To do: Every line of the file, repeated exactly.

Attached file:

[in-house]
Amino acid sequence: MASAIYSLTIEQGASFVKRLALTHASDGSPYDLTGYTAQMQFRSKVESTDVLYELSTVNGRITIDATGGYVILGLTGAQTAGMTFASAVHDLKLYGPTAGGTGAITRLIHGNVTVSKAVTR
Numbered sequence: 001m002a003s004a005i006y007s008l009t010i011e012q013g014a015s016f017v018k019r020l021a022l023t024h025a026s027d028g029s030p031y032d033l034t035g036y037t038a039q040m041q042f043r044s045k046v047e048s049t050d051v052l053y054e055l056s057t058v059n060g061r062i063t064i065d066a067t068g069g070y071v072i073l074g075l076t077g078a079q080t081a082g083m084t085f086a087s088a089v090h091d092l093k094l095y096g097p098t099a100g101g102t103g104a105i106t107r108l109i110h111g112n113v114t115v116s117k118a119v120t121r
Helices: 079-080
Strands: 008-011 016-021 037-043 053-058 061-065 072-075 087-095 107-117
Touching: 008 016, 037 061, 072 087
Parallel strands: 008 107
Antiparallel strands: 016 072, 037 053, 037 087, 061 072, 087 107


[in-house]
Amino acid sequence: MASAIYSLTIEQGASFVKRLALTHASDGSPYDLTGYTAQMQFRSKVESTDVLYELSTVNGRITIDATGGYVILGLTGAQTAGMTFASAVHDLKLYGPTAGGTGAITRLIHGNVTVSKAVTR
Numbered sequence: 001m002a003s004a005i006y007s008l009t010i011e012q013g014a015s016f017v018k019r020l021a022l023t024h025a026s027d028g029s030p031y032d033l034t035g036y037t038a039q040m041q042f043r044s045k046v047e048s049t050d051v052l053y054e055l056s057t058v059n060g061r062i063t064i065d066a067t068g069g070y071v072i073l074g075l076t077g078a079q080t081a082g083m084t085f086a087s088a089v090h091d092l093k094l095y096g097p098t099a100g101g102t103g104a105i106t107r108l109i110h111g112n113v114t115v116s117k118a119v120t121r
Helices: 079-080
Strands: 008-011 016-021 037-043 053-058 061-065 072-075 087-095 107-117
Touching: 008 016, 037 061, 072 087
Parallel strands: 008 107
Antiparallel strands: 016 072, 037 053, 037 087, 061 072, 087 107